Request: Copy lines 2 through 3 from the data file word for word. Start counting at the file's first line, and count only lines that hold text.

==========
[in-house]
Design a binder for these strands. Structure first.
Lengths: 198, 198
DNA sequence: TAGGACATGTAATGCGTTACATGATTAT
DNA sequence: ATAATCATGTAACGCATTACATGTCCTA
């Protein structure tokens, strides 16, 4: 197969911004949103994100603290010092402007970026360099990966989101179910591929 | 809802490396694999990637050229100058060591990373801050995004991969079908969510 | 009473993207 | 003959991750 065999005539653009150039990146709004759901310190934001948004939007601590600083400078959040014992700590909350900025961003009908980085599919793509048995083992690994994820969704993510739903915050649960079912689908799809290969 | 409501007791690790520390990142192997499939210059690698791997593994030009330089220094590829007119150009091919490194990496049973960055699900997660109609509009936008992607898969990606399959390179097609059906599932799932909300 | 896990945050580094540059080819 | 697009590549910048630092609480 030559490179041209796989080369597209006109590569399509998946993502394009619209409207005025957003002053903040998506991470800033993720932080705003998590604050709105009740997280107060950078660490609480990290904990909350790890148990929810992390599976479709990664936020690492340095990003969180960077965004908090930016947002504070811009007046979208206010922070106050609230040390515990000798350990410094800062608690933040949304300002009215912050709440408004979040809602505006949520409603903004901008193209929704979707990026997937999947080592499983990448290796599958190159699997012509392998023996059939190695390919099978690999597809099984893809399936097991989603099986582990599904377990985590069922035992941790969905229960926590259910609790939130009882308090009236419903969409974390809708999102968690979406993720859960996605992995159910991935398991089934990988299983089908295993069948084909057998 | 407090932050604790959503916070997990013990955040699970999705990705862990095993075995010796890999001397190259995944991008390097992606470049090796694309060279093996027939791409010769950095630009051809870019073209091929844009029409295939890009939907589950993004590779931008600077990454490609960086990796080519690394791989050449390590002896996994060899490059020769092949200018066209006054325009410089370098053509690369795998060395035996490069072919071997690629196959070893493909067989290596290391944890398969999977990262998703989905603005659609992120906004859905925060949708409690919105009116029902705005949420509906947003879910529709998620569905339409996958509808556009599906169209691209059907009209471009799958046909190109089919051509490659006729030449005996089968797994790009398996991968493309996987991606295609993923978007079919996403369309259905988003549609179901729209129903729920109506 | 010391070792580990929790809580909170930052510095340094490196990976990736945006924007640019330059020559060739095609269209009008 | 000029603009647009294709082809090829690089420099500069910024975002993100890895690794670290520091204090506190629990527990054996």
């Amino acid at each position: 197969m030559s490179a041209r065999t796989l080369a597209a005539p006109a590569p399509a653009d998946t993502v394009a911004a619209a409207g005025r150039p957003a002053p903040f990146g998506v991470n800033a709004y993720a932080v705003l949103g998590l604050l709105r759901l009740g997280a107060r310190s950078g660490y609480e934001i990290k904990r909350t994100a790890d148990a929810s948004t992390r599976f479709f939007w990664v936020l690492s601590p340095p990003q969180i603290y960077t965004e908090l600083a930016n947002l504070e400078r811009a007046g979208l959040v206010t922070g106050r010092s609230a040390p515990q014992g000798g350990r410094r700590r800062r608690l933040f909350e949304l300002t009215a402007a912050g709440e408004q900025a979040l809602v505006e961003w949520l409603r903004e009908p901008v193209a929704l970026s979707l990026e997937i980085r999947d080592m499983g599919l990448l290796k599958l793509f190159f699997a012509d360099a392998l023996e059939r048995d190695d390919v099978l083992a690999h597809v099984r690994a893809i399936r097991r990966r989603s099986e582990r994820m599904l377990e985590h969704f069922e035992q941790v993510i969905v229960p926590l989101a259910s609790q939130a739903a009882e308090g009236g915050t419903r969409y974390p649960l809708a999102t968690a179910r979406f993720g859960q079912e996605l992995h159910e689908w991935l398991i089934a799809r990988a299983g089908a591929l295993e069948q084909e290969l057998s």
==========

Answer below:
Design a binder for these strands. Structure first.
Lengths: 198, 198